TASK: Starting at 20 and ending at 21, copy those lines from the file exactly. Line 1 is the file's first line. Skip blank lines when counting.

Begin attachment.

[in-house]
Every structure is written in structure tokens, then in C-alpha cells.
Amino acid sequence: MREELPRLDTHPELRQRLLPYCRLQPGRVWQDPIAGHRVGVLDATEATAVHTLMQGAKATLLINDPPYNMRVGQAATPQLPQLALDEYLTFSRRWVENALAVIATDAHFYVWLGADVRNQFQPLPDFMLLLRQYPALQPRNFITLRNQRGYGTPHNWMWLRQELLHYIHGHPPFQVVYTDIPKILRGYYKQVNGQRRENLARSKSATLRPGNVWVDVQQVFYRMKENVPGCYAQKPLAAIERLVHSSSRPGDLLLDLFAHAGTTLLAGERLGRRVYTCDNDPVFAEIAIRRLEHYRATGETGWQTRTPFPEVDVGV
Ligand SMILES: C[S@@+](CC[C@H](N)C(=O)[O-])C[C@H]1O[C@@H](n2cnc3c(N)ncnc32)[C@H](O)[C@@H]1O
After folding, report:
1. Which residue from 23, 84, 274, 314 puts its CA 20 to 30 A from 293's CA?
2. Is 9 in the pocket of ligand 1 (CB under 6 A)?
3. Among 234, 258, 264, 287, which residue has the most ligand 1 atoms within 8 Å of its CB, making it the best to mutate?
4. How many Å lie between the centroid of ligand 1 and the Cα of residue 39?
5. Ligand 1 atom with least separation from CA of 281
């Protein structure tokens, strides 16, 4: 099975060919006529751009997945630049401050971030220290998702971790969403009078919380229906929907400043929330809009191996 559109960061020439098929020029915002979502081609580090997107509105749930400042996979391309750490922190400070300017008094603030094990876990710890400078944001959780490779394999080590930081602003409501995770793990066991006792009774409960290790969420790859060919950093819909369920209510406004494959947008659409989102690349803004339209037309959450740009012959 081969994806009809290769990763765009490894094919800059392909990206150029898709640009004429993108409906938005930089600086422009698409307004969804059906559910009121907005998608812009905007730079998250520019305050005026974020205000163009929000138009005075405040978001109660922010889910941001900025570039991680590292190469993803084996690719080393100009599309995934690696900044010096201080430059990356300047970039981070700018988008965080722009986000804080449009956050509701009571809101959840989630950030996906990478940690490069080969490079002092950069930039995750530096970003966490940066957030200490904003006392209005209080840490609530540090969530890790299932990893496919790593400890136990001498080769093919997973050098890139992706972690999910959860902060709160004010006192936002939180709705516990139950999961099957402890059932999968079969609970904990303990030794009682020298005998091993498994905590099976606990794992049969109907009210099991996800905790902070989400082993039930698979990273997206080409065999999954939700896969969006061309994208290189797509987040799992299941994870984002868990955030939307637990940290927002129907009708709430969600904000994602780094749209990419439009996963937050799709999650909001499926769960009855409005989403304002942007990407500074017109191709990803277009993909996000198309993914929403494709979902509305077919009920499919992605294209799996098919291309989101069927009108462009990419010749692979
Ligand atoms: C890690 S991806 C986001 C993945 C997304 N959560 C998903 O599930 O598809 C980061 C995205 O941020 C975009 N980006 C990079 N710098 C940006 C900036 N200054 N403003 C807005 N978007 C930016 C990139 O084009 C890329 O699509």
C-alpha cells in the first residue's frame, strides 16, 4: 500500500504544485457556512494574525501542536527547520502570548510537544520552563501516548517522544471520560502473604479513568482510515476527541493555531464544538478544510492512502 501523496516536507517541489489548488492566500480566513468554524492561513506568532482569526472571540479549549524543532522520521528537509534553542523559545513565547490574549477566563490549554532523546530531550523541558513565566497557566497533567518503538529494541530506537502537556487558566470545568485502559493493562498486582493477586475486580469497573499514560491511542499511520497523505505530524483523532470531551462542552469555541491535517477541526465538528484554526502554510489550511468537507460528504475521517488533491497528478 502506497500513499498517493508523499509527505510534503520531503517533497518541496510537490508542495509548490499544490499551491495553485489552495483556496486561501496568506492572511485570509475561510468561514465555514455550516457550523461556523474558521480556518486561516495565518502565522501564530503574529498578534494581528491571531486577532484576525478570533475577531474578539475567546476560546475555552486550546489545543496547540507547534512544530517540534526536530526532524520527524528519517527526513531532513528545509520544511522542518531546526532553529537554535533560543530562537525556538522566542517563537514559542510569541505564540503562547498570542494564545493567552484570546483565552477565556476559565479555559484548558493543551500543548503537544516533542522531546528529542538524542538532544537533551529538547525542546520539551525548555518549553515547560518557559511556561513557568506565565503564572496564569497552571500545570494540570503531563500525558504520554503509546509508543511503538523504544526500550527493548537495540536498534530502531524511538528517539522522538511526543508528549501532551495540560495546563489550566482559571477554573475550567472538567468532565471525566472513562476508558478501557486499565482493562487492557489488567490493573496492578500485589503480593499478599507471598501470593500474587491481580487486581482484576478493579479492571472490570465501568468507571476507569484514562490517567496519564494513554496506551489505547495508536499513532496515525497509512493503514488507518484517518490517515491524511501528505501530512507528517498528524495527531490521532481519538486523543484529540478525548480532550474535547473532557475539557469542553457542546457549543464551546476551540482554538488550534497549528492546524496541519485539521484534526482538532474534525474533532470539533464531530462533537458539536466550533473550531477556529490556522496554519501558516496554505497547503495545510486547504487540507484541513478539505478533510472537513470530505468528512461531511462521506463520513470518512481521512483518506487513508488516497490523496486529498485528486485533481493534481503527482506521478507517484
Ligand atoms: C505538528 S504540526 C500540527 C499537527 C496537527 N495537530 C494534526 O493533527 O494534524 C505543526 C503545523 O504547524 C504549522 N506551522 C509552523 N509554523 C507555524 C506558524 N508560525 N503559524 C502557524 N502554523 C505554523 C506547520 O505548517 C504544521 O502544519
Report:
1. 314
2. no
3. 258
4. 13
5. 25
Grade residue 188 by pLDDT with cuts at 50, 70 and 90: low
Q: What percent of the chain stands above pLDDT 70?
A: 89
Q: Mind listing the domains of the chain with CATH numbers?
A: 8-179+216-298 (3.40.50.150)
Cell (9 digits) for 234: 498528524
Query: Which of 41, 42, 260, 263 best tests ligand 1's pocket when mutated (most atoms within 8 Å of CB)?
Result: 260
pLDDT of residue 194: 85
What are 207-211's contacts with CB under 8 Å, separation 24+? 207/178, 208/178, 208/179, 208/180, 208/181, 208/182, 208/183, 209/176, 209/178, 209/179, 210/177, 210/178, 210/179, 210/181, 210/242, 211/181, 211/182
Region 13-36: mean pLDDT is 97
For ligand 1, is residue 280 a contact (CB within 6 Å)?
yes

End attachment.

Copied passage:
5. 25
Grade residue 188 by pLDDT with cuts at 50, 70 and 90: low